There was a gazebo on the southern part of the dock. If you weren't swimming, you could sit there in the shade. The gazebo was used as a buffet center during picnics. If the picnic was in the evening, we would build a fire, and Brother Francis Xavier, over from Poughkeepsie, would regale us with spooky stories. The one I remember most was about the phantom of the opera, probably appropriately sanitized to eliminate the romantic elements. That story was so scary and extended that it took two nights to finish. With only a flickering fire to light us, the setting was perfect. -- until it was time to walk up the hill to the dormitories. Brother John had the only flashlight, so if you would straggle in the dark, your imagination would quintuple the fright.

Often when we sat on the dock, we watched LST's, manufactured in Kingston, go down the Hudson. Their trip down to New York City was a trial run as well as a delivery. We also saw sand and gravel barges heading downstream. We could see freight trains moving along the east bank of the Hudson. One recreation was to count the cars, then compare the count with our fellow students to determine who was right. In 1945 we went down to the dock to watch the train carrying President Roosevelt's body to Hyde Park. If you went upstairs in the boathouse using a circular staircase, you could walk out on a little porch which looked south over the dock to Hyde Park.

Brother Linus William was our Master of Juniors. He had come to this assignment in Esopus from the house of studies at Catholic University, where he studied for a master's degree in mathematics. He had a flair for the dramatic, and a temper to match. But he was also genuinely considerate of us all. He had grown up in the Irish section of Harlem and well understood the backgrounds of lower middle class boys like ourselves. As Master of Juniors Linus was a distinct break from a pattern that had maintained leadership in the hands of native Frenchmen, Canadians from Quebec, or French Canadian brothers from New England. Superiors in Europe distrusted American culture and were reluctant to pass authority into the hands of the American brothers, particularly those with no background in French language.

When we were still eating in the super's house, Brother Kieran Thomas Brennan appeared on the scene at lunch along with Brother James Bernard. For his slight build he had a fierce look. He and James Bernard were probably dismayed and furious at being exiled to the Juniorate from a regular high school, but they were part of Linus' drive for young, superior teachers.


Richard Foy would like others to send him first hand stories, even vignettes, of later years in the history of the Marist Juniorate in Esopus. He would also like to have essays on the years the Esopus property was dominantly a novitiate or scholasticate or retreat house or summer camp. . Mail to: Richard Foy, 717 Washington Avenue, Chappaqua NY 10514-3309
--- or you may e-mail to:


Laity and religious associated with the four Marist congregations met at Marist House Retreat Center in Framingham, Massachusetts, this past October. Their objective was to discuss collaboration among the various Marist lay groups.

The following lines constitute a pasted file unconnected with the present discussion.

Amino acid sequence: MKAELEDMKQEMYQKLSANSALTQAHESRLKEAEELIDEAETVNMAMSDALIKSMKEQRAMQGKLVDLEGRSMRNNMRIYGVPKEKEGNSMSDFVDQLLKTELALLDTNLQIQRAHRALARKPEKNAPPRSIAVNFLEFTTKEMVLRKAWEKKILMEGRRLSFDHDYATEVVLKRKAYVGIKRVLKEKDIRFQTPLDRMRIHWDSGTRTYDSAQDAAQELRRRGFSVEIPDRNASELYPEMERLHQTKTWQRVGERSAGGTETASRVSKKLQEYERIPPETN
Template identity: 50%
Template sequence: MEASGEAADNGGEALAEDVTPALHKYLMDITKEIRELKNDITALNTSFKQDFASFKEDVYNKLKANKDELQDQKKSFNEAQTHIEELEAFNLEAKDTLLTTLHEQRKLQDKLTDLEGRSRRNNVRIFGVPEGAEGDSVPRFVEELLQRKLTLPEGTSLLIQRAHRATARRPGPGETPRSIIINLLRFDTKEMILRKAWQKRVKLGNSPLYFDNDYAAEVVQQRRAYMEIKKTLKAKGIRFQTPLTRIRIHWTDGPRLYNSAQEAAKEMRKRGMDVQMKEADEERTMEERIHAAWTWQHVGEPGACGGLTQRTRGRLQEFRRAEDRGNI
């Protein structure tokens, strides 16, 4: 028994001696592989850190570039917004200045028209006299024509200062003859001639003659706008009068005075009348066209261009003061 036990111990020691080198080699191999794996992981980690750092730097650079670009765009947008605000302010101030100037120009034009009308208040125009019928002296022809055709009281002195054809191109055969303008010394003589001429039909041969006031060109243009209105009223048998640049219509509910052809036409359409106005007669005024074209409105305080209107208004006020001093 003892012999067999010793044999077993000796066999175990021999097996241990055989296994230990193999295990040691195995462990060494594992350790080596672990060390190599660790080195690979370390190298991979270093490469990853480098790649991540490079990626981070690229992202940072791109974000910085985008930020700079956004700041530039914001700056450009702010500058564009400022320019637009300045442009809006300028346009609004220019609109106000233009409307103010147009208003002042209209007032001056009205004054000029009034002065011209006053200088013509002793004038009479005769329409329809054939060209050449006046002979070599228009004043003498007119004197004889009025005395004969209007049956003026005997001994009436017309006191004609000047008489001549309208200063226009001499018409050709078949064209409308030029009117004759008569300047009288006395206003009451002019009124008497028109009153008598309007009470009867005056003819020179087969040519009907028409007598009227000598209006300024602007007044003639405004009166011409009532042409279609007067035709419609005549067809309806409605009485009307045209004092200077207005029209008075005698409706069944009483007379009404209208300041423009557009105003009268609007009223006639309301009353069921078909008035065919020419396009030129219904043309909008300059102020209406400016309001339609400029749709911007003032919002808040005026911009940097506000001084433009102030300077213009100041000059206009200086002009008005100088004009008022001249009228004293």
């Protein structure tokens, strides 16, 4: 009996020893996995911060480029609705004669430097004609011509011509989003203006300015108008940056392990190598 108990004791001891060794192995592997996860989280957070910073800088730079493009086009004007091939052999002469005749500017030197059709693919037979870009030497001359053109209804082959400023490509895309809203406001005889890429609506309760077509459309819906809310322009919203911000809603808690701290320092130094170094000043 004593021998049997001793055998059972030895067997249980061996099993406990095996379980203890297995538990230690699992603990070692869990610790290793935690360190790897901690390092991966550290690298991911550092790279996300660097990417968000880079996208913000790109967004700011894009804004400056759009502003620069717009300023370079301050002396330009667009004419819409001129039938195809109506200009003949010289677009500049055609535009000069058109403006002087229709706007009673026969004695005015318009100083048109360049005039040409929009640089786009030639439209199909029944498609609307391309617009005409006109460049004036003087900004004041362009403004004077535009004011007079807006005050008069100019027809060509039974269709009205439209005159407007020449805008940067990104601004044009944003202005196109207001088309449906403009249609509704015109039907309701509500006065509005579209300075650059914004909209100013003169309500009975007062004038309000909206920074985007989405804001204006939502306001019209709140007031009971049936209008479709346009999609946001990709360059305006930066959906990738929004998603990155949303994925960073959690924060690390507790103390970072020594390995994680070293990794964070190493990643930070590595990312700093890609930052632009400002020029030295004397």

Father Ed Keel (sm) called the Framingham meeting in response to evaluations of the First National Conference of Marist Laity (November 2000, New Orleans) which indicated that many of the more than 140 participants wished to have enhanced contact and deeper sharing with other Marist laity, as well as access to resource materials and help in doing Mary's work.

At the end of the weekend, an exploratory service committee was set up to facilitate ongoing communication among all lay Marists. Appointed to the new committee were the following seven people associated with the four branches of vowed Marists: the priests, brothers, sisters, and missionary sisters. The committee members can be reached as follows:


Bob Alzapiedi
Ann Brown
Angela Laesch

Claire B.Leonard
Marla Urbanek
Patricia Zirkel
Gene Zirkel
Bolton, MA
Santa Cruz, CA
Eastpointe, MI
Central Falls, RI
Chicago, IL
West Islip, NY 
West Islip, NY

The service committee will be organizing a number of sub-committees. One will work on the existing web page (; another will work toward a second National Laity Conference. We need YOU, the Marist laity, to help identify other needs. DO YOU WANT TO HELP? Why not forward your ideas to us? Do you have any material that you would like to share with other lay Marists? We seek, encourage, and welcome the participation of all. This could be the beginning of great things for Marist laity. (6 Brancatelli Court, West Islip NY 11795-2502; 631-669-0273)

From ED CASTINE ('50): Last night I downloaded the latest issue of Marists All and proceeded, as usual, to read it from beginning to end. Thanks again to those responsible for keeping it published and for the great web sites for both "The Marist Brothers" and for "Marists All." Many thanks especially to Dave, Gus, and Richie Foy.

After completing my reading of the newsletter, I decided it was time to get a note off for the next issue. I had hoped to do this before the pre-holiday issue, but missed the chance. Be that as it may, Maureen and I hope that everyone had a Blessed Christmas and that the New Year will be rich with blessings. We have had a rather unusual year 2001, so here are some details.